Slowly Introduce Increased Alone Time
This can be difficult for dogs, particularly if you have been working remotely. The best strategy is to leave the house for about fifteen to twenty minutes randomly.
You need to get your dog comfortable with the concept that you will frequently be leaving and returning, and it’s okay because every time you leave, you will return.
Before you leave for an extended period of time, introduce alone time in small, random bursts. You should close the door whenever you use the bathroom.
Dogs feel most vulnerable when they use the bathroom and will look for their owners when they do so.
Most people confuse this with their dog feeling awkward that you’re watching them use the bathroom, but the truth is your dog is expecting you to watch their back while they make waste.
Fortunately, humans today don’t have to worry about predators attacking them while they use the bathroom, so it’s important to close the door to teach your dog they don’t have to worry about you when you use the bathroom.
When you take out the garbage and recycling, stand outside for five to ten minutes so your dog gets comfortable with you being away for random durations of time.
Likewise, if you are still working remotely, be sure to keep your dog out of the room you work for at least an hour, if not two, each working day.
These are three simple steps to take to slowly introduce increased alone time.
Don’t Cave to Dog’s Whines and Cries During Alone Time
No one wants to hear their dog whine and cry, and it may even hurt you to have to deal with your dog in distress.
The most important thing to do is not cave, that’s exactly what your dog is trying to get you to do.
You’re the owner, and you know your dog is fine, they think they’re in distress, but they’re not.
You’re breaking the dog’s conditioning, don’t let them condition you.
Force the dog to stay alone until the negative behavior has stopped, as you don’t want to reinforce whining, crying, and getting their way.
Once the dog has relaxed, you can reinforce positive behavior by praising them in a composed tone and soft pets.
Wear Your Dog Out Before Leaving
A worn-out dog from runs walks, and plays is a happy dog.
Make sure you burn off plenty of energy before you leave the house, this will eliminate any potential nervous energy.
When you spend time and exercise your dog before you leave, not only does this use up energy, but it reinforces the secure attachment with them and they’ll feel loved and appreciated.
Instead of stressing and waiting for you to return, your dog will most likely just sleep while waiting for you to return home.
Do Not Make A Scene When You Leave or Come Back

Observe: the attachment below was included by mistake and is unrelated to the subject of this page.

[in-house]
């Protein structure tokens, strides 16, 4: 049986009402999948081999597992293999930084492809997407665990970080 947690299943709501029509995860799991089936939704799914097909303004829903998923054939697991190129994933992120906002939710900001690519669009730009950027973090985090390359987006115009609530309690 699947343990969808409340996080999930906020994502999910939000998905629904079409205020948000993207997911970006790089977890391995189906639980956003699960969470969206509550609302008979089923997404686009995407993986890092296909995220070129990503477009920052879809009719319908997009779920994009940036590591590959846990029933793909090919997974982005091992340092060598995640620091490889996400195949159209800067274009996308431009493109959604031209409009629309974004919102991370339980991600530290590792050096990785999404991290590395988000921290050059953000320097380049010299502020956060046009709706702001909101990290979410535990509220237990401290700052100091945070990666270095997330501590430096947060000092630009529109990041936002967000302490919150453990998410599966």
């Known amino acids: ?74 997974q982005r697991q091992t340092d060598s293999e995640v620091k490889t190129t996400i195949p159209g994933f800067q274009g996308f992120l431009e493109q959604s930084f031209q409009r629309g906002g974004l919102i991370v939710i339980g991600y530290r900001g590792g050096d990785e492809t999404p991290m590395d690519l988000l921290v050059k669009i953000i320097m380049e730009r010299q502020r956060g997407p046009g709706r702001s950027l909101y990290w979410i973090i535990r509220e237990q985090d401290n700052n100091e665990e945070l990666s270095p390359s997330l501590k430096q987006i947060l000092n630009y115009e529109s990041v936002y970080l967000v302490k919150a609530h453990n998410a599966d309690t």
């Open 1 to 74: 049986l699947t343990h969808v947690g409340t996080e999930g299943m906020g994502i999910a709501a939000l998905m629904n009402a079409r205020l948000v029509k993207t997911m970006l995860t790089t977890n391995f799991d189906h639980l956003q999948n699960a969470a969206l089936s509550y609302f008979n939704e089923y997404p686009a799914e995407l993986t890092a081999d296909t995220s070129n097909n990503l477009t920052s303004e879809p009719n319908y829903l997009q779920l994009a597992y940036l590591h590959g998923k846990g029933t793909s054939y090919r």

A big mistake people make is making a scene they have to leave and when they return. Your dog feeds off your energy, so if you make a big deal of leaving, this will actually increase their separation anxiety.
Instead, make leaving and returning a normal event, that way, your dog won’t be on high alert when you do so.
Keeping calm when you leave makes it feel like routine, and dogs love their routine as their creatures of habit.
Be sure to show your dog plenty of love when you return, but do so calmly. Come home, take off your shoes, hang up your keys, and then greet your dog in a calm tone, giving them plenty of attention and pets.
This will prevent an emotional spike and help reinforce the idea that you, the owner, will be coming and going as you please.
Supply Distractions for Your Dog When You Leave
Leave some stimulation for your dog. A puzzle toy, chew toy, or simply a few of their favorite toys will assist in the distraction of you not being around.
If your dog has a favorite bone, leave it in its comfort corner next to one of your articles of clothing. Dogs feel safer when they can smell their owner, so leaving the shirt you wore to bed next to their bed or blanket is an easy way to keep your dog calm when you’re gone.
Additionally, give them a chew toy that they most likely won’t finish by the time you return, this way, they will stay occupied working on their chew toy and not your shoes or furniture.
Furthermore, be sure to give your dog treats when you leave, but never when you return. Your dog will look forward to you leaving when you give them treats as you walk out the door, but giving them treats when you return will only reinforce separation anxiety and make them anxious for you to return.